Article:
An qualified estate planning attorney can help you to create a legally valid power of attorney as part of a comprehensive incapacity plan. Making a power of attorney is important to protect yourself in case you develop a serious illness or suffer an emergency injury and you are not able to make your own decisions or manage your own affairs any more as a result of what has happened. A valid power of attorney will also protect your family.
A power of attorney must be created before something happens to you, while you are still of sound mind. If it is too late, then you and your family will face serious undesirable consequences.
A power of attorney is a versatile legal tool. It can be created to give someone limited authority to act on your behalf in a legal capacity. If you’re going to be out of town when a contract must be signed, you can create a power of attorney and give another person the authority to sign the contract just as if that person was you.
You can also make a general power of attorney, which is the type that is used in incapacity planning. If you make a general power of attorney, or POA for short, you get to name an agent or attorney in fact and give that individual broad authority to manage all of your decision-making when something happens to you and you are no longer able to communicate your preferences.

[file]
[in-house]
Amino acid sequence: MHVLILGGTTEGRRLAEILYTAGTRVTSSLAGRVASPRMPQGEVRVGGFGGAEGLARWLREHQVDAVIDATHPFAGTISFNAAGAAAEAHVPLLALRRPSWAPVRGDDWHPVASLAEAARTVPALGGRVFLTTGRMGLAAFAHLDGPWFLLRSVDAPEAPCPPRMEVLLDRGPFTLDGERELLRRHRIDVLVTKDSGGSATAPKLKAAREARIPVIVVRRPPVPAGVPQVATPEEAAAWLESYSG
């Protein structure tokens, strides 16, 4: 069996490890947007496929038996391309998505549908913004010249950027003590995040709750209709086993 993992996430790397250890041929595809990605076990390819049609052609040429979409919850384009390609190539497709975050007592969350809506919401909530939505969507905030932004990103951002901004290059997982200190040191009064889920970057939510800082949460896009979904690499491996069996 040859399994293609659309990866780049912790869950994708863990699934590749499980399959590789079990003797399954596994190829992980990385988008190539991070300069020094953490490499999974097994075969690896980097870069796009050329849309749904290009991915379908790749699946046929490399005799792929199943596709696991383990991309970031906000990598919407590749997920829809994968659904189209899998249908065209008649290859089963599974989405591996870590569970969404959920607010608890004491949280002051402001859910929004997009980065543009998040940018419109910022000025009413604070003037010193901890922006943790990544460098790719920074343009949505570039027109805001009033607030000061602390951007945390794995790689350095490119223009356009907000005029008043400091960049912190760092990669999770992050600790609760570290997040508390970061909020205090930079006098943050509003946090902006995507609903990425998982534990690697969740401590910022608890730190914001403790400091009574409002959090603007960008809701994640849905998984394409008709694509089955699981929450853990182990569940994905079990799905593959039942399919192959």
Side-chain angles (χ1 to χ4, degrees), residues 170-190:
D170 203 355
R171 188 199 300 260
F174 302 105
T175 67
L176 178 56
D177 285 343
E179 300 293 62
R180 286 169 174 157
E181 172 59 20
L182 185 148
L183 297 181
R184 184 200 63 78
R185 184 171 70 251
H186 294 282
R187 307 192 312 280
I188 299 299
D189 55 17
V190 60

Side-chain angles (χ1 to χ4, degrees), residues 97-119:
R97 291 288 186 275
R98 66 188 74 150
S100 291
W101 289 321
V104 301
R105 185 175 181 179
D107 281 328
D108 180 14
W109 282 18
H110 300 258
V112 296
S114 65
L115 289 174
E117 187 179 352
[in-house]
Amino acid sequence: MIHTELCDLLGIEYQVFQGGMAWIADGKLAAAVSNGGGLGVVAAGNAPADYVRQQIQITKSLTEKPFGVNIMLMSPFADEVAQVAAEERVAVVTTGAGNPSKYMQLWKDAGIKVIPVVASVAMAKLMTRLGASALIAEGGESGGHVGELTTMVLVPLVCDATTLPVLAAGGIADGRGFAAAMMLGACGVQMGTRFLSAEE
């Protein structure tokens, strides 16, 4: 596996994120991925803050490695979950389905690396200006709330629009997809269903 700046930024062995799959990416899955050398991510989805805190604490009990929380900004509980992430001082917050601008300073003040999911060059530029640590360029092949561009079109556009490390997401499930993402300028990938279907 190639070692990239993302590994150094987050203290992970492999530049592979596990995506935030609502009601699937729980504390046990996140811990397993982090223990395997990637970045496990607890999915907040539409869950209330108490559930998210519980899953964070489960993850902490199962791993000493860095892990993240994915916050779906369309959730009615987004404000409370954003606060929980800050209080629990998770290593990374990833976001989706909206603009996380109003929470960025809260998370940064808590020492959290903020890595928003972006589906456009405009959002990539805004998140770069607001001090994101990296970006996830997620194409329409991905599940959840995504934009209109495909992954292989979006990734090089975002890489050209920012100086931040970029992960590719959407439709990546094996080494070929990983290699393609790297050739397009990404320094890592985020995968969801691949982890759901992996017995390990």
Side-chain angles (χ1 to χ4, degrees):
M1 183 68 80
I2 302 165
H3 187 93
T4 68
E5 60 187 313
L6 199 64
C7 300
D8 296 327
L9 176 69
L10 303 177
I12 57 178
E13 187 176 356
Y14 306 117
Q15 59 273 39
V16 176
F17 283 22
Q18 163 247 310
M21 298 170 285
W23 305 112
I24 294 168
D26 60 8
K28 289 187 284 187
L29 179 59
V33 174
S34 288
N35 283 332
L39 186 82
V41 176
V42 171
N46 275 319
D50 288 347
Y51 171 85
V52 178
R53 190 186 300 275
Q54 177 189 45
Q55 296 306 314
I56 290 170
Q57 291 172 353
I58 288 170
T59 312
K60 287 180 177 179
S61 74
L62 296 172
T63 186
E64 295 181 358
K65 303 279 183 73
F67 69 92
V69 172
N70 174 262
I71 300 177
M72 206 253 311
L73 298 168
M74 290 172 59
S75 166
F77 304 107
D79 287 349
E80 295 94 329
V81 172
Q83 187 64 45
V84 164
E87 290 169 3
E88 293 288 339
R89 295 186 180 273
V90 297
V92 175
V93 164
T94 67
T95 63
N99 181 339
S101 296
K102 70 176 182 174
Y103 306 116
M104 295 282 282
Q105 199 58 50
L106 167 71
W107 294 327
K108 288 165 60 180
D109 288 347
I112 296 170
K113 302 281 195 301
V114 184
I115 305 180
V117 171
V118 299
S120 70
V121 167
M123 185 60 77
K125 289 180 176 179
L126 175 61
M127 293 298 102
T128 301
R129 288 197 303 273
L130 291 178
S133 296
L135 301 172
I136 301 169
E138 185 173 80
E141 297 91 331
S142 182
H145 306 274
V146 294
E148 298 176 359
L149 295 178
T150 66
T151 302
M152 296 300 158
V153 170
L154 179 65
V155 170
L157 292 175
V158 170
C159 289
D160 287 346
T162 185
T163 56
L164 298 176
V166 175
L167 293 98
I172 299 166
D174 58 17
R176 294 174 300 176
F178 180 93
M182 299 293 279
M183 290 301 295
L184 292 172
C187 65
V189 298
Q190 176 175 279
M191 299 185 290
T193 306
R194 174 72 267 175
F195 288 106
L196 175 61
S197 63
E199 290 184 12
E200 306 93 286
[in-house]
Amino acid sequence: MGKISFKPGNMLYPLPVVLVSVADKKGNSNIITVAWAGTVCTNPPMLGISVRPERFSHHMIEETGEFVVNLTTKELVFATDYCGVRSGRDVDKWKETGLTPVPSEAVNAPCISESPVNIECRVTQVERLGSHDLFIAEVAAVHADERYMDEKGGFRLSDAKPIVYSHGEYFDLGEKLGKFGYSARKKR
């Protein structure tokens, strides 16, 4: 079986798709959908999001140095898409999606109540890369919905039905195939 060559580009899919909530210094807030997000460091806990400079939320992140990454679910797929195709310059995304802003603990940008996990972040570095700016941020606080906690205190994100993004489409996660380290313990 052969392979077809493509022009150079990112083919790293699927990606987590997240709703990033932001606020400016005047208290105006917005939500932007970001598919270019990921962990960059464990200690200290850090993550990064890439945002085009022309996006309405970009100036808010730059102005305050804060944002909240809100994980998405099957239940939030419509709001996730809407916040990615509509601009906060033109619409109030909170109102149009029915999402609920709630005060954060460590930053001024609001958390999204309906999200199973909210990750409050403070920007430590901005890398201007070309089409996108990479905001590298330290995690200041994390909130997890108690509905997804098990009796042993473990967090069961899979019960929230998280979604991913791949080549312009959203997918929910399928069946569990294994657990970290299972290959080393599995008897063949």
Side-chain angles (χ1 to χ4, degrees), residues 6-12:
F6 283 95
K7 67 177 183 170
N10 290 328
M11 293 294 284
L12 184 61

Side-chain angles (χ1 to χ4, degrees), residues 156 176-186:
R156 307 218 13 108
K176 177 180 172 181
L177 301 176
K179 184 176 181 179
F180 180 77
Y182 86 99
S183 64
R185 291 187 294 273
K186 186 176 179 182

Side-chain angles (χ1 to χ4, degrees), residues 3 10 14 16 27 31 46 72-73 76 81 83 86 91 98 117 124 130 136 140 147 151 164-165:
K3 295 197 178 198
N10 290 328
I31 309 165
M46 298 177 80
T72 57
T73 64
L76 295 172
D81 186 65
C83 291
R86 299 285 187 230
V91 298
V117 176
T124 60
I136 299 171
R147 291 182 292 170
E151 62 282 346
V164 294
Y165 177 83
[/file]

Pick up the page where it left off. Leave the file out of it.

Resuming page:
There are different kinds of general POAs you can make. You could make a springing power of attorney, for example, so the person you select as your agent won’t get authority until something happens to you. You could also make a healthcare power of attorney to name a person who will make your medical choices for you. You could name your healthcare proxy to be the same person as your attorney in fact who manages your other affairs or could choose a different person.
Whatever you do, you want your POA to be durable, so it stays in effect in case of incapacity, and you want it to follow all legal formalities so it is valid and enforceable.
If you fail to make a power of attorney before something happens to you, your loved ones are not going to know right away who should be in charge of making you decisions and there may be no one with legal authority to act on your behalf.
Your family could fight over who will be in charge of your affairs. There could be a long delay with no one in charge of making decisions, during which time your estate assets lose value because no one is managing them in an appropriate and careful way. Eventually, your loved ones will need to go to court and pursue guardianship proceedings, which is a stressful and costly process in which the court declares you are incapacitated and appoints a guardian.
Your appointed guardian may not be someone you would have chosen and may not be someone you think is actually going to be capable of managing assets in the smartest way possible. Unfortunately, it will be too late for you to do anything about it.